Mitch Richmond added, "I've had the honor of winning a gold medal, being named Rookie of the Year, and being inducted into the Hall of Fame.  Having been so blessed, this is my chance to pay it forward to the next generation of basketball players, to help them blaze a new trail that was not there for me.  These men have already accomplished a lot in their young careers and I look forward to working with them as they go on to even greater things in the HBL and beyond."

June has been a busy month for the HBL.  In addition to bringing Owens on board and creating the Athlete Advisory Board, the HBL announced it was launching its 2020 season in eight cities: Philadelphia, Baltimore, Washington D.C., Richmond, Norfolk, Raleigh, Charlotte, and Atlanta.

Before the HBL, basketball players were excluded from the lion's share of financial benefits while everyone around them received significant compensation.  The HBL provides a new and better opportunity, one without economic and academic exploitation.  The HBL's players are projected to earn between $50,000 and $150,000 per season based on athletic talent and marketability, in addition to receiving a guaranteed scholarship and having the ability to fully commercialize their name, image, and likeness, all without jeopardizing their eligibility with the HBL.

Volante emphasized today's announcement is just the beginning of a busy run-up to the league's 2020 launch: "The HBL is launching in one year's time and as an organization we spend every day focused on the next step towards a successful launch.  The success of the HBL revolves around our ability to recruit elite players and produce an entertaining product for fans.  The AAB is an essential part of that recruitment process and the HBL's overall positioning with players and their families.  With elite players, we are going to change the way college sports are viewed in the US, end the Amateurism con, and allow college athletes to earn and learn at the same time."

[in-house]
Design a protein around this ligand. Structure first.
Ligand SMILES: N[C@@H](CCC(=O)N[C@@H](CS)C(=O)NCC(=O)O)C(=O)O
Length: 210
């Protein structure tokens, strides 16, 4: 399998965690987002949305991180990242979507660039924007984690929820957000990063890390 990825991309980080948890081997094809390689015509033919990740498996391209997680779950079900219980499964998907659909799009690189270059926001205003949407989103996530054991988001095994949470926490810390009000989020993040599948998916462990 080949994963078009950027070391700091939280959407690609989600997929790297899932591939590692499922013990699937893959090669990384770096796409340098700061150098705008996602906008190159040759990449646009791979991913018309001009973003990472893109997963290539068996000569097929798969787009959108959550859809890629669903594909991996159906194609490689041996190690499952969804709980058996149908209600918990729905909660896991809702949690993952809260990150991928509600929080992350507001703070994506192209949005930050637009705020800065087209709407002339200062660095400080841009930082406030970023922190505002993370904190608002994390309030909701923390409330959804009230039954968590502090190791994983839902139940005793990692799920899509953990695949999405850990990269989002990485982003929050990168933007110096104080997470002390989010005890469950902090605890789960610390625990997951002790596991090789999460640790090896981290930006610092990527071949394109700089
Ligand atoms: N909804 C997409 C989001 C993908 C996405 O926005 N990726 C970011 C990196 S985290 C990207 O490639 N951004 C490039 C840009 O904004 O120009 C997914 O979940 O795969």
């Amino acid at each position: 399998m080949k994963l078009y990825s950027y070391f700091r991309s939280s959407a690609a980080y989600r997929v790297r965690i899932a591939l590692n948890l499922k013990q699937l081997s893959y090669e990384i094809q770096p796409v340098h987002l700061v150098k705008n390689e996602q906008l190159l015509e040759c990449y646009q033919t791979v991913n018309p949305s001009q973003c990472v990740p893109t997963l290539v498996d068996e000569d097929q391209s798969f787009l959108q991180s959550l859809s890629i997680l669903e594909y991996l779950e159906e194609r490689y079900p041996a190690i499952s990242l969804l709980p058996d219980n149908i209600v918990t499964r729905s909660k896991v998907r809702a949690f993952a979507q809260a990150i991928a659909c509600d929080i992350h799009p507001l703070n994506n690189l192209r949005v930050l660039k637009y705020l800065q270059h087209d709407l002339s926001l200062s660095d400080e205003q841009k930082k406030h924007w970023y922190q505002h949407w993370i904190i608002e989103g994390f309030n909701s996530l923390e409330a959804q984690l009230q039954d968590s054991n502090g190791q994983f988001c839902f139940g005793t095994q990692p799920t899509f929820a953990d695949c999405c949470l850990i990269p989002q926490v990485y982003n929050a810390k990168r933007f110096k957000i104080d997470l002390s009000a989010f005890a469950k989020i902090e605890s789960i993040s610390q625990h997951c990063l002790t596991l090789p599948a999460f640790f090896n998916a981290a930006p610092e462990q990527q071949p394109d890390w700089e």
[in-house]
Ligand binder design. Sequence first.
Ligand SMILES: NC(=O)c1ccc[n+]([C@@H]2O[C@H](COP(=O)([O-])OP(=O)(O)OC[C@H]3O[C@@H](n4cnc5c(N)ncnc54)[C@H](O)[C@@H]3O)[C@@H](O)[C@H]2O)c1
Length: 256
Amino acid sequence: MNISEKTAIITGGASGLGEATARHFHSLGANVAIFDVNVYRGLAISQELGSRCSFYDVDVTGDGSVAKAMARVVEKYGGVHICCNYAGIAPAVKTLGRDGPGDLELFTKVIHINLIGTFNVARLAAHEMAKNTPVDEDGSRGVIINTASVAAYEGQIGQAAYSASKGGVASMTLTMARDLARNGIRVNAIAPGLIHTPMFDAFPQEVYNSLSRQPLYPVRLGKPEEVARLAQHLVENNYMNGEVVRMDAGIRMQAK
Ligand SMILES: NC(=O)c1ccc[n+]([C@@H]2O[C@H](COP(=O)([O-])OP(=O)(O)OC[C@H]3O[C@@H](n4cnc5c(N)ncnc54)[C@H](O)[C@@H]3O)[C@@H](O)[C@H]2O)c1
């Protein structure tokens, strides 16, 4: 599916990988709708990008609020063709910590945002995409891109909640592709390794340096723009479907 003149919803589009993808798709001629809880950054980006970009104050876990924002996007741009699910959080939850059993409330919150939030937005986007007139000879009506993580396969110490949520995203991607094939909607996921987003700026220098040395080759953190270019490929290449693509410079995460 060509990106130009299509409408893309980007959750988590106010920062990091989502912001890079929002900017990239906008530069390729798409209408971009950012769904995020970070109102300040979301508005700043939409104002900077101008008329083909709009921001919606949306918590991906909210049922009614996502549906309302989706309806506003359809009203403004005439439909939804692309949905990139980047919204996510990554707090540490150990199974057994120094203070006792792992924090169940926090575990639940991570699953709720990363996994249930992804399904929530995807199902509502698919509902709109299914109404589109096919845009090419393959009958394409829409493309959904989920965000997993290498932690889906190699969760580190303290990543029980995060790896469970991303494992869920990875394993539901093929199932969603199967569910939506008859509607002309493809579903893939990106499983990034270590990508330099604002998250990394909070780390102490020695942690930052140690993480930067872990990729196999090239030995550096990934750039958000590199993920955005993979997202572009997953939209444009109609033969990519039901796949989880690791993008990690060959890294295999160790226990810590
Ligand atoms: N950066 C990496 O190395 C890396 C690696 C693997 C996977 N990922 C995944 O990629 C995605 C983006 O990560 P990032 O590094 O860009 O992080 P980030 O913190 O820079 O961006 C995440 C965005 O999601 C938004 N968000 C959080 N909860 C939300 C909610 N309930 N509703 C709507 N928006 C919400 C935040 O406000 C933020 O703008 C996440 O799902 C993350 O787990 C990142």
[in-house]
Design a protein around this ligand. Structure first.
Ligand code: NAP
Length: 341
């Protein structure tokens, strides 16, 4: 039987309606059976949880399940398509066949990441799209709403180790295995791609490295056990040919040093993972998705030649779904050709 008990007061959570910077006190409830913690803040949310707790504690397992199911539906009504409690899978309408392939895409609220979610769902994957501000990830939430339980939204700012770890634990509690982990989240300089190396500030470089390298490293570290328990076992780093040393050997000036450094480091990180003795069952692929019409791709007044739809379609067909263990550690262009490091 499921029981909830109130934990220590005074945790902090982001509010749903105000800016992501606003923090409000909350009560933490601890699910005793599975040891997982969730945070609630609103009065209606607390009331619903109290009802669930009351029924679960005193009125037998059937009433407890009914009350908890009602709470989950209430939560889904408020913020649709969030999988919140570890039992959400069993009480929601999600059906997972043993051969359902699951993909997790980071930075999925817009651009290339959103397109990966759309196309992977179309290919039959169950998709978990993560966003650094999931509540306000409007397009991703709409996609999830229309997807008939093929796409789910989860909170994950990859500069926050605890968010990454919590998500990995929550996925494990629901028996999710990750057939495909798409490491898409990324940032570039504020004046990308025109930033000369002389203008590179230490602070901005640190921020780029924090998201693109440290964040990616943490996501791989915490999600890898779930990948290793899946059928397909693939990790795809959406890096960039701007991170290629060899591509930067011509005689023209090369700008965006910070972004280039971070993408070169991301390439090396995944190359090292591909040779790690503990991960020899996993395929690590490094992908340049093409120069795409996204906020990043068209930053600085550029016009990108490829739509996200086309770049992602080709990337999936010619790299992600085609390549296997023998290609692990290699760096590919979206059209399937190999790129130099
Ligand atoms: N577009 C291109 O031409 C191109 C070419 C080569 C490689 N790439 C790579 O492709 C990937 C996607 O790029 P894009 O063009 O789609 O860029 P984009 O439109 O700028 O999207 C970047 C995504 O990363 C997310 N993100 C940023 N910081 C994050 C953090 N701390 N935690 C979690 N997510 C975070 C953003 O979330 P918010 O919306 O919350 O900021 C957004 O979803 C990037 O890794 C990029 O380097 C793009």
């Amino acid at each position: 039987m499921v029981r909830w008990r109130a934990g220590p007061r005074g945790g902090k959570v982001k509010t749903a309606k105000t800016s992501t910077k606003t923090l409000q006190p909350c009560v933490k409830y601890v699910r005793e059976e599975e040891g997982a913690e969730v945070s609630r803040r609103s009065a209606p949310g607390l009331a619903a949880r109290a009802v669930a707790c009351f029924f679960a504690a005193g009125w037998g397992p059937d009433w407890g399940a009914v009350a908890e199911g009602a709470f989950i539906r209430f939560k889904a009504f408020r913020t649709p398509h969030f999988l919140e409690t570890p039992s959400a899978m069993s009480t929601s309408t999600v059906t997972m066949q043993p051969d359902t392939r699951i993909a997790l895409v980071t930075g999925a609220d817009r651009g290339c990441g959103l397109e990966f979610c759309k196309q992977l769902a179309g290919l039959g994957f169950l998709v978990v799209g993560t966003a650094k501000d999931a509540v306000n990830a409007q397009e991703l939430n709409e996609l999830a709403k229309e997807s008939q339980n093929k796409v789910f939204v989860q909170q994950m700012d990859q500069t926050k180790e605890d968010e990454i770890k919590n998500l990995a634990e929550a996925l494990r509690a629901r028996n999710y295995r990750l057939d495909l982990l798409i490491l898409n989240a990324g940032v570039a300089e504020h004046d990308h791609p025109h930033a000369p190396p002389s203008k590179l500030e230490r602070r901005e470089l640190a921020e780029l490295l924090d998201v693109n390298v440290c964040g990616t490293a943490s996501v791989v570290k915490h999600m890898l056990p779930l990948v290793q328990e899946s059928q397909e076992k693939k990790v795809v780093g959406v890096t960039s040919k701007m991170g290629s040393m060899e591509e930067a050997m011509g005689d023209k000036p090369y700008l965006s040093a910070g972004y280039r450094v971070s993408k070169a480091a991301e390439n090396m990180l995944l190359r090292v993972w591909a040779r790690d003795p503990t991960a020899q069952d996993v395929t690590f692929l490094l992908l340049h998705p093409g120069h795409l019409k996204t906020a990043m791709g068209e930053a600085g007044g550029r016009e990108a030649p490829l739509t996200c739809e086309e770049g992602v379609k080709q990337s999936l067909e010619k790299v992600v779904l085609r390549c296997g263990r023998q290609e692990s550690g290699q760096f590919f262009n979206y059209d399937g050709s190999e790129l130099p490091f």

Volante and West promised more news in the coming weeks and months as the league plans to roll out team names and logos, announce head coaches, as well as to provide further details of sponsorships and partnerships as the HBL moves toward its June 2020 launch.

Press inquiries for interviews, additional facts, and images should be directed to press@hbleague.com.  To keep up to date, follow the HBL on Twitter (@hb_league) and Instagram (@hbleague).

Paying College Athletes Will Not Ruin College Sports

By: Ricky Volante (HBL CEO & Co-Founder) and Andy Schwarz (HBL Chief Innovation Officer & Co-Founder)

In a recent opinion piece for the New York Times, Cody McDavis trotted out a series of stale and mostly discredited arguments against antitrust remedies proposed by the plaintiffs in the Alston v. NCAA case. He argued the proposed remedies would lead to the death of college sports. His lead thesis claims that unravelling the pay caps imposed by the NCAA would “distort the economics of college sports.” McDavis has confused cause with effect, poison with cure.

The economics of college sports are highly distorted because of “amateurism.” The 350-plus NCAA schools that band together to set maximum compensation caps are a classic example of a monopsonistic cartel — a group of independent businesses that agree not to compete on price for an essential input to their business.

Imposing price caps almost always distorts markets, and in the case of a monopsony (economics jargon for a buyer’s monopoly), the most typical impact is the cap distorts the price of related complementary inputs, things like coaching salaries and facilities spending.